Tips & Tricks

Hans Scharler

When to use a script vs. a live script?

Hans Scharler on 18 Jan 2024
Latest activity Reply by Noah Prisament on 29 Jan 2024

Over at Reddit, a MATLAB user asked about when to use a script vs. a live script. How would you answer this?
Noah Prisament
Noah Prisament on 29 Jan 2024
Here's a few questions that may help someone come to their own conclusion:
  1. Will this code be deployed, used in production, or run frequently? If so, it may be best to use a normal script.
  2. Is this code meant to explain a process to anyone? If so, it may be best as a live script
  3. Does the code require justification or explanation? If so, it may be best as a live script
  4. Do I care about seeing/viewing the intermediary results? If so, it may be best as a live script
  5. Is my code self-documenting? If so, it is probably best as a script
  6. Do I plan on executing this script from the command window or from within other MATLAB code? Although this can also be done with a live script, it may be best to approach this with a normal script
  7. Will I be sharing this code with other people? What format do they expect to read my code in?
Sam Reinsel
Sam Reinsel on 19 Jan 2024
Similar to Mike: theres really 2 things I go straight to live scripts for, and anything else I probably just default to a classic script.
1) Early exploration/live controls
Sometimes, I've got a bunch of large data tables and I just want to selet one out of a few files, import it, plot some signals or maybe apply some filters. Try a few different plotting options!
This is super easy with live controls and live tasks. The make starting things significantly quicker if I'm not sure what I want to do yet. After I figure out what I'm doing, converting it to code (or in some cases, moving back to a normal script once im done testing things out) is pretty easy
2) Sharable, rich text file
I work with a lot of folks as a part of our Student Programs team: If i know im writing some code to try and explain a workflow, or provide some context images, equations, or tables, the rich text features make this a lot easier to do in one place. We used to do this as a word document with our code snippets and outputs added in, but you can't execute a Word document. Having the live script that can be executed to regenerate outputs (or even let people tweak the code as part of the exploration) is so much nicer for this.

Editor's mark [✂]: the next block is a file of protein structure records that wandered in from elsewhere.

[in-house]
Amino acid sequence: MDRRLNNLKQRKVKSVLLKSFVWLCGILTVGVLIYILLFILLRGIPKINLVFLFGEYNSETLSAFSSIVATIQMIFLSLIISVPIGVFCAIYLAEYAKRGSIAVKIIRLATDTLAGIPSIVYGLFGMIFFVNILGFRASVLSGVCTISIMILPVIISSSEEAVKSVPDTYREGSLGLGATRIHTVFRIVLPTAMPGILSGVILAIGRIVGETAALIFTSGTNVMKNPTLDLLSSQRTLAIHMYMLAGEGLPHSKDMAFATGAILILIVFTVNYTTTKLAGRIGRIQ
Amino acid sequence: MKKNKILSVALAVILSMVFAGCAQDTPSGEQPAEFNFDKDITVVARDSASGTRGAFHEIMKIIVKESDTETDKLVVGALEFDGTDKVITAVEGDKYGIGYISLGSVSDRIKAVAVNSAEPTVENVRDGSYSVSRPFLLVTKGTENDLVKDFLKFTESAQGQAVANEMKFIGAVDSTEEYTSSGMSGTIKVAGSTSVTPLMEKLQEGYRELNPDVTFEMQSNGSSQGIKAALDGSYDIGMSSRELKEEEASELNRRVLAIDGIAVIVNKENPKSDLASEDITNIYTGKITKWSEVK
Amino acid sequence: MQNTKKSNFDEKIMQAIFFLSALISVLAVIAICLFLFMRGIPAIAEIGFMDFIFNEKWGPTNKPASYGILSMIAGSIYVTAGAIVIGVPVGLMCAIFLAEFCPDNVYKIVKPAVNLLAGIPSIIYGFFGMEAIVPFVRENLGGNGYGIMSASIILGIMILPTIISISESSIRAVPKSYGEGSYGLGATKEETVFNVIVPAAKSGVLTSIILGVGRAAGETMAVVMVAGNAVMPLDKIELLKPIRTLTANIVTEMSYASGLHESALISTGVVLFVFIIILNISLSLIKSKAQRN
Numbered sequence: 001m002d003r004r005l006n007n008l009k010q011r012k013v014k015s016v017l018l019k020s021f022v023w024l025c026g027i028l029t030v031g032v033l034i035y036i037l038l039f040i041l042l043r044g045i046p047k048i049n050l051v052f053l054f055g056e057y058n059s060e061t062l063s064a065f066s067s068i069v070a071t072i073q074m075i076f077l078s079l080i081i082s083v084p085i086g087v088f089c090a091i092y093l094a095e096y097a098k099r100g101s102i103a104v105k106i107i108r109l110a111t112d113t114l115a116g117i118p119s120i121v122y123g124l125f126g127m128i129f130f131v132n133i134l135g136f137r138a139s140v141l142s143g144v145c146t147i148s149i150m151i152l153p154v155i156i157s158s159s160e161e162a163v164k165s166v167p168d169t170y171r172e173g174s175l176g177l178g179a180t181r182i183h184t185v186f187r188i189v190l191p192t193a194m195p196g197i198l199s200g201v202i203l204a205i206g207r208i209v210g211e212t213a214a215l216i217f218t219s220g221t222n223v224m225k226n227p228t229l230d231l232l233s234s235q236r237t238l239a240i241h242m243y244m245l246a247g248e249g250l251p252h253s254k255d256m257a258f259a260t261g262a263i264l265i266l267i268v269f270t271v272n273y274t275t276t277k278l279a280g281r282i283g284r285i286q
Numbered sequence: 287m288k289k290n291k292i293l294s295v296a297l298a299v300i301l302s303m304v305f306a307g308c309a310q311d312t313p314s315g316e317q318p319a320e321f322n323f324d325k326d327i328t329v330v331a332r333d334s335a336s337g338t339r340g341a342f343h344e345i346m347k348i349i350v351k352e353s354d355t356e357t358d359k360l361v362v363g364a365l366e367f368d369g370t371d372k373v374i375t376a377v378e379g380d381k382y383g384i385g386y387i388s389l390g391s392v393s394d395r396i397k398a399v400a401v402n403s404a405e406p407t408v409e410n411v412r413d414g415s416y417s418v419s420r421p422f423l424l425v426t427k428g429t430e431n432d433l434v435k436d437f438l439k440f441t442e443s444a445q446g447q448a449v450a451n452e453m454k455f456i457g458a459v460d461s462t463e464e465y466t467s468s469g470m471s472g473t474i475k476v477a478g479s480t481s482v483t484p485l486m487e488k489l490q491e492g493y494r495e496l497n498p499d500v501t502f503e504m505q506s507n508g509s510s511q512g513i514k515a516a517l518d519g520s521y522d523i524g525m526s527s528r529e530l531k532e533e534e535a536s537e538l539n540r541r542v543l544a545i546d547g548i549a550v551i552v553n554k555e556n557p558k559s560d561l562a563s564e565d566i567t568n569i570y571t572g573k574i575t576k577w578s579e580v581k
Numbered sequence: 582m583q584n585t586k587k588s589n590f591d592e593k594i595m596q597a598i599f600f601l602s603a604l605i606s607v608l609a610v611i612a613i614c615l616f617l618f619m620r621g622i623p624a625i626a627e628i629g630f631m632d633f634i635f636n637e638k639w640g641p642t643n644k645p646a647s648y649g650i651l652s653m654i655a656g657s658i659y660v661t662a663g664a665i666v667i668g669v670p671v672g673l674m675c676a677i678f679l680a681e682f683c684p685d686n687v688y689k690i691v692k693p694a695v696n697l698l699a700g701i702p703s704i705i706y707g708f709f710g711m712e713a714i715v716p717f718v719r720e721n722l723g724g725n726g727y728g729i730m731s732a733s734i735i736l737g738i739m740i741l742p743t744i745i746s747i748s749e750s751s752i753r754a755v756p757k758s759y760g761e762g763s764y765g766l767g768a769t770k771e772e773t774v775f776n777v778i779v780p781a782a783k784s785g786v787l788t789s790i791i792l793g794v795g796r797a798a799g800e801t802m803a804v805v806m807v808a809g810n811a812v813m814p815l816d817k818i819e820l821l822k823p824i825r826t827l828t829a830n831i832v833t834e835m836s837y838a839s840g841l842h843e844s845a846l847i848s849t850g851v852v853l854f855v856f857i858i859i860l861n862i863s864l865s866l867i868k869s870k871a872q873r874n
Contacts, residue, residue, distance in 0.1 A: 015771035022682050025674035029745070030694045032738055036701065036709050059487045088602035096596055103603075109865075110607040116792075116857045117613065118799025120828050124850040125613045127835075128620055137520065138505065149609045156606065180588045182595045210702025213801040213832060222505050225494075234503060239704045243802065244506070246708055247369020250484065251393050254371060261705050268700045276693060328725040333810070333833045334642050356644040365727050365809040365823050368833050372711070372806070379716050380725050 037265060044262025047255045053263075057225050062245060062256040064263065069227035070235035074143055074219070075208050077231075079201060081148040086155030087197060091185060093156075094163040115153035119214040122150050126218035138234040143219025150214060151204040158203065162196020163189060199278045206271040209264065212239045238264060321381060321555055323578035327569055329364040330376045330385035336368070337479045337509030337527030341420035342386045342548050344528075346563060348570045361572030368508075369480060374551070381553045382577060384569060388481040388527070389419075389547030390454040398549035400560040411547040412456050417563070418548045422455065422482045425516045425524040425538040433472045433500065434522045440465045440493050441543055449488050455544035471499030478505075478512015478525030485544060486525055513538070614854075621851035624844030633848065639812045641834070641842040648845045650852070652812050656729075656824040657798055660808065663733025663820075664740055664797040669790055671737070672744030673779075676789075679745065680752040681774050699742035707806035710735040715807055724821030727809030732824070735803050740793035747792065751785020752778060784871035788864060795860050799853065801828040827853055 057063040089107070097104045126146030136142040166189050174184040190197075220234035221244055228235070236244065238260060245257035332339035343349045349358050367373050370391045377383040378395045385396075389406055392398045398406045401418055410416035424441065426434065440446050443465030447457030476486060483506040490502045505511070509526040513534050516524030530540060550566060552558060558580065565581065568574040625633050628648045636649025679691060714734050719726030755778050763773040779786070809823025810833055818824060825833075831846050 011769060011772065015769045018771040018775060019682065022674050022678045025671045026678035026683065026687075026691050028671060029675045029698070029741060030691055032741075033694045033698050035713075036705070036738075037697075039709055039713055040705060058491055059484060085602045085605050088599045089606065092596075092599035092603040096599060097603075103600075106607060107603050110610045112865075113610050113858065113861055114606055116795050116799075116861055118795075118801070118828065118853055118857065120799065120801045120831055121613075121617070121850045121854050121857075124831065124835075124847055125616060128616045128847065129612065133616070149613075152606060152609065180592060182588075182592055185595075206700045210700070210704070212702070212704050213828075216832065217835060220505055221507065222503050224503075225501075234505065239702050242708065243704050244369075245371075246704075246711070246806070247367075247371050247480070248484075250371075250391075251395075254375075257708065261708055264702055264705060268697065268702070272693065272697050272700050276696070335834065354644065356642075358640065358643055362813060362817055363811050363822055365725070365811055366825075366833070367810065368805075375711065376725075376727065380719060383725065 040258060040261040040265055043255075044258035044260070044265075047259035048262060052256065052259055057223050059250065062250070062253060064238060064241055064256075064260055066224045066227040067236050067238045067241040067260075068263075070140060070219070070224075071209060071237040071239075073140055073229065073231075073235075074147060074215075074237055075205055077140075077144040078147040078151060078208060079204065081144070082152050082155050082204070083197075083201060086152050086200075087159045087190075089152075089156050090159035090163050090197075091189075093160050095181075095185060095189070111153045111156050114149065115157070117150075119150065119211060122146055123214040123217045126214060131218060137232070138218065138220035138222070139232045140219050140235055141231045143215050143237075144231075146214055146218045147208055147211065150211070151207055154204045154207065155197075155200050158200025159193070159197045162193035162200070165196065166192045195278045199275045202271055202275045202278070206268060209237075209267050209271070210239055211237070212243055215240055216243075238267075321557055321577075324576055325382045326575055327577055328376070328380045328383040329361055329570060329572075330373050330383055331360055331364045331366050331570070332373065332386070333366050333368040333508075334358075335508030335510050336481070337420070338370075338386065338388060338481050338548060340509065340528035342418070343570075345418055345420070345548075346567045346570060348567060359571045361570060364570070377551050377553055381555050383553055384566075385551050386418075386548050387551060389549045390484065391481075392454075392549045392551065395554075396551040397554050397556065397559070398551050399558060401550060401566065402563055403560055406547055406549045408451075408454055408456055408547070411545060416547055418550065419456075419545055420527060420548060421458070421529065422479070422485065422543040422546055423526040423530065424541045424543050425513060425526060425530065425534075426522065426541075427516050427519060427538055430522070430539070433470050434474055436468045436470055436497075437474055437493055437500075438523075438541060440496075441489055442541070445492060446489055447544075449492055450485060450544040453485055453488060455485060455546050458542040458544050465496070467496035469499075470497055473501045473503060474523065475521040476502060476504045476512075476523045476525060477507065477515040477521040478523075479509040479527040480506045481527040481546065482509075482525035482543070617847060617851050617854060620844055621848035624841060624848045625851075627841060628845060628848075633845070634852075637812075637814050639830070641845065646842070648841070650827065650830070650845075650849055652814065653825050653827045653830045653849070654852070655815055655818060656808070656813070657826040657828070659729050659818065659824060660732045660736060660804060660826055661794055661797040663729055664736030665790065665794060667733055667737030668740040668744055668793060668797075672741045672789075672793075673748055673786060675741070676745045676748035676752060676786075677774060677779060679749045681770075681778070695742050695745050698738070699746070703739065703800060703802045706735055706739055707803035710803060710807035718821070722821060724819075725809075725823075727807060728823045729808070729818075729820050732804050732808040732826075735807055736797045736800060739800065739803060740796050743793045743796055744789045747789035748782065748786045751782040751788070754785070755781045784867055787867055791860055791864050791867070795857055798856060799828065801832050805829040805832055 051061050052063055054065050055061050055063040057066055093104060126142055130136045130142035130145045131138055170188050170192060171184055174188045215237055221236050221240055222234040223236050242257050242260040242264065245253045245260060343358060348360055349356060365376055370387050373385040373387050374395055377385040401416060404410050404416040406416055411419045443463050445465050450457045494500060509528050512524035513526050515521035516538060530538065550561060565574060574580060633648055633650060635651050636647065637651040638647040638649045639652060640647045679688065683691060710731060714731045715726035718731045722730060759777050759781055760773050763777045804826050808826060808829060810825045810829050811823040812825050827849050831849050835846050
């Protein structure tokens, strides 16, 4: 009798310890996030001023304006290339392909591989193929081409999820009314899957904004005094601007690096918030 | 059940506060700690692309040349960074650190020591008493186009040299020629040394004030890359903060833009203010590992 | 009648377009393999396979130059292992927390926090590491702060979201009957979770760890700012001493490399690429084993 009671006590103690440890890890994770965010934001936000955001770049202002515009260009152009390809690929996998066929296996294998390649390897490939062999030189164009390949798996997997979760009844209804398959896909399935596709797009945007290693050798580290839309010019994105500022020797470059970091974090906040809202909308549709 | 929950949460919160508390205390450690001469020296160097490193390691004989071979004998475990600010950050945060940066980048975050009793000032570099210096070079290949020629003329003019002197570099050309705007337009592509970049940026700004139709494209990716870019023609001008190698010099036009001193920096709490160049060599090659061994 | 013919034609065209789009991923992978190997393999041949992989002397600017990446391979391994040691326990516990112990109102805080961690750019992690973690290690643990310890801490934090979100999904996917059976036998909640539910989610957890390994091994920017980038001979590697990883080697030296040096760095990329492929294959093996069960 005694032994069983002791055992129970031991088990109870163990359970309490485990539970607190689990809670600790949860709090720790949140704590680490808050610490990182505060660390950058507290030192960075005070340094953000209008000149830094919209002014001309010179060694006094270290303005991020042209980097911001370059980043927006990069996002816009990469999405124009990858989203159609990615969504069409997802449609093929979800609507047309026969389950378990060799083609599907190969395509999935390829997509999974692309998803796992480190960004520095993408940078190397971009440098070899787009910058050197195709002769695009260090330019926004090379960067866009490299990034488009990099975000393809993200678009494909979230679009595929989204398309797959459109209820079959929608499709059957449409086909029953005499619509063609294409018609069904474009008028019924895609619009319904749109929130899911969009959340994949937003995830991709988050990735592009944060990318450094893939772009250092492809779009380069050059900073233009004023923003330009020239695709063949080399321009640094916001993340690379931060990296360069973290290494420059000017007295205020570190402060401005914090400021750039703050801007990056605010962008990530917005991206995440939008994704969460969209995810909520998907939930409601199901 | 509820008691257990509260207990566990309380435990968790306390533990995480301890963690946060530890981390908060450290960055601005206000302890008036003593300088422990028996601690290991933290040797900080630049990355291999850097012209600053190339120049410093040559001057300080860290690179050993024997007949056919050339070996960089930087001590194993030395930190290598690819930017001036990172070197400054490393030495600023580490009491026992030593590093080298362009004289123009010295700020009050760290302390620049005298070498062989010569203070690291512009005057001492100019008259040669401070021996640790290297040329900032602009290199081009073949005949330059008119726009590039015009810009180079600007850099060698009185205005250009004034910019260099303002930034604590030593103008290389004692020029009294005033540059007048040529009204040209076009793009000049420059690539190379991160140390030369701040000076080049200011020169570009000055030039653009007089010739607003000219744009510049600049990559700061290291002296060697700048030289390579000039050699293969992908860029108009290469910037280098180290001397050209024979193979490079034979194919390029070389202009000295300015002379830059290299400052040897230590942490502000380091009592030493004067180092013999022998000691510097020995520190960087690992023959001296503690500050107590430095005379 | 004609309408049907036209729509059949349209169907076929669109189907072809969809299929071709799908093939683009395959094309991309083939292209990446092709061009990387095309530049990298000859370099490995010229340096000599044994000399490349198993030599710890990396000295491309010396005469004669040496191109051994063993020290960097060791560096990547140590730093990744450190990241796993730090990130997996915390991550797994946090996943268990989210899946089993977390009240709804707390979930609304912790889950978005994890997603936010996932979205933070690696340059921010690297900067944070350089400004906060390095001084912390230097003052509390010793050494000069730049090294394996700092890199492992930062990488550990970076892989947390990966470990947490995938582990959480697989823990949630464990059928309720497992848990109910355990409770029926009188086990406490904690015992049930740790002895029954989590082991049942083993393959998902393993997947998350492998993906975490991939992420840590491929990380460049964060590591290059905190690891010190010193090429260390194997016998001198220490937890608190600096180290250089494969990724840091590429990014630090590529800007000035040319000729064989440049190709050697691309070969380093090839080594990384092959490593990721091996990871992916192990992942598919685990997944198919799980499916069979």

But I'll add to Mikes "when i use normal scripts": If I plan to keep code in git (as more than just a demonstration file) and maintain it, i really go straight to normal scripts. But that kind of fits with his "production" code idea as well.
Hans Scharler
Hans Scharler on 19 Jan 2024
The live controls are interesting. When I add them to a live script, I am getting closer to an app. That's cool.
Mike Croucher
Mike Croucher on 19 Jan 2024
Why I use live scripts:
  • For writing the MATLAB blog. All MATLAB blog posts are written as live scripts and then converted to something WordPress can consume using this File Exchange entry Publishing tool for MATLAB® live script to WordPress - File Exchange - MATLAB Central (
  • When I am exploring something or just noodling around. It feels like magic note paper that can do interactive computation. I like being able to execute code out of order while figuring out which way is up. I also find the inline graphics / output useful. Most objects (e.g. tables) are rendered better in a live script than on the command line. I like the interactivity of things like live tasks and live controls.
  • Prototyping code. Closely related to the previous point. If I am developing a new function, class or script, I try things out in the live script and steadily distill things into an .m file for production use.
  • When I need to explain something. I think of live scripts as interactive text books , interactive documentation or interactive research papers. Sure, I could write a word file or produce a pdf but better to include the code and data directly.
  • If I want to write a very simple 'app'. Using Live controls, I can take a script and turn it into a basic application with just a few clicks.
  • If I want to disemminate something. I can put the live script onto GitHub and use the 'Open in MATLAB Online' functionality to allow anyone in the world to use what I have written without needing to install MATLAB.(I talk about this in the blog last year Open science and reusable research with MATLAB Online and GitHub » The MATLAB Blog - MATLAB & Simulink (
The key point that hold for all of these is the fact that live scripts are a combination of code, rich text, graphics and interactive elements.
Why I use .m files
  • To write and deliver production code.
It's the code and nothing but the code.

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